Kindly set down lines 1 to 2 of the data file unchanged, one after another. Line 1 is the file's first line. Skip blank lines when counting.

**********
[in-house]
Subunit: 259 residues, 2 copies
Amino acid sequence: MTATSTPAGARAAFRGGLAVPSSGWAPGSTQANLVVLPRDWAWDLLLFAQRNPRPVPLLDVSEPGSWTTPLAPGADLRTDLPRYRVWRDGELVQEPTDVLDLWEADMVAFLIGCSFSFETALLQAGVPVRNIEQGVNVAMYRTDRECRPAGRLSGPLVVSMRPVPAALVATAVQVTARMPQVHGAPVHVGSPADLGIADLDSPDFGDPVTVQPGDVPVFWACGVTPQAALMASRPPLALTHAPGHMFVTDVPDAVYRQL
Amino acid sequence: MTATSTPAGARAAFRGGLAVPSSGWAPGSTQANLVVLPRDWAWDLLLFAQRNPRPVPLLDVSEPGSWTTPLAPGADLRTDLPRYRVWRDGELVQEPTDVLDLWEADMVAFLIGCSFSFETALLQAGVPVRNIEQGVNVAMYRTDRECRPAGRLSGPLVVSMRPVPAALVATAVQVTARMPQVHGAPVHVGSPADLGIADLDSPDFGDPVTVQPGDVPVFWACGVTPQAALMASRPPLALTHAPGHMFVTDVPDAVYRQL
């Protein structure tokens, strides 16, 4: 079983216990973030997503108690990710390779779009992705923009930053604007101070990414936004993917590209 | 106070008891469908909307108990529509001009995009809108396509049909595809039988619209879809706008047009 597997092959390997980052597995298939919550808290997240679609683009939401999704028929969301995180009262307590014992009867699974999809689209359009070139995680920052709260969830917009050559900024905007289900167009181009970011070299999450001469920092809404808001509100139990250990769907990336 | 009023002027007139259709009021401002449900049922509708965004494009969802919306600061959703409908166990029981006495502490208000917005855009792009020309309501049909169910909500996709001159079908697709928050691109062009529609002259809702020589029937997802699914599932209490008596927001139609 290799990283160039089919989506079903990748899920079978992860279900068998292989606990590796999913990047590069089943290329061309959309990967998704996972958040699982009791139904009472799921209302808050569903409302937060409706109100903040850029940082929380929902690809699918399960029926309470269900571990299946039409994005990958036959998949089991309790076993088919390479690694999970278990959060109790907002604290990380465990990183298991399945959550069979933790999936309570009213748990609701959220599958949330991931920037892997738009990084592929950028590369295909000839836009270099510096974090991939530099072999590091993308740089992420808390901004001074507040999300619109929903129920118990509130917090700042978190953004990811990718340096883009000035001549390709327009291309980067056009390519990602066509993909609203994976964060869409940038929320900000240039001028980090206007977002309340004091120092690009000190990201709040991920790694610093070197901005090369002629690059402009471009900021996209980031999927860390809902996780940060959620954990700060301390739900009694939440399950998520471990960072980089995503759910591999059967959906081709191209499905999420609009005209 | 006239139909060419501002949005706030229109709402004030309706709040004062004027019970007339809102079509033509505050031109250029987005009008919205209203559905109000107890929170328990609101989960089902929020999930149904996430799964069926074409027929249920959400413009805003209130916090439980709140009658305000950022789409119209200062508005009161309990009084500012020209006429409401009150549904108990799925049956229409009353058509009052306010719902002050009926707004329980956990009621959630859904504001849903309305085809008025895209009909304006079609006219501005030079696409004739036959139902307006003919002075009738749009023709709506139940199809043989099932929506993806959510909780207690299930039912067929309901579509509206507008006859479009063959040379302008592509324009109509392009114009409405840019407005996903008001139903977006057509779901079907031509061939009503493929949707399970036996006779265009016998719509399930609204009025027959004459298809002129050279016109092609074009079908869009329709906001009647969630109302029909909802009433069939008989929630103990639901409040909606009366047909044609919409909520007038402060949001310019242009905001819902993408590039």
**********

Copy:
[in-house]
Subunit: 259 residues, 2 copies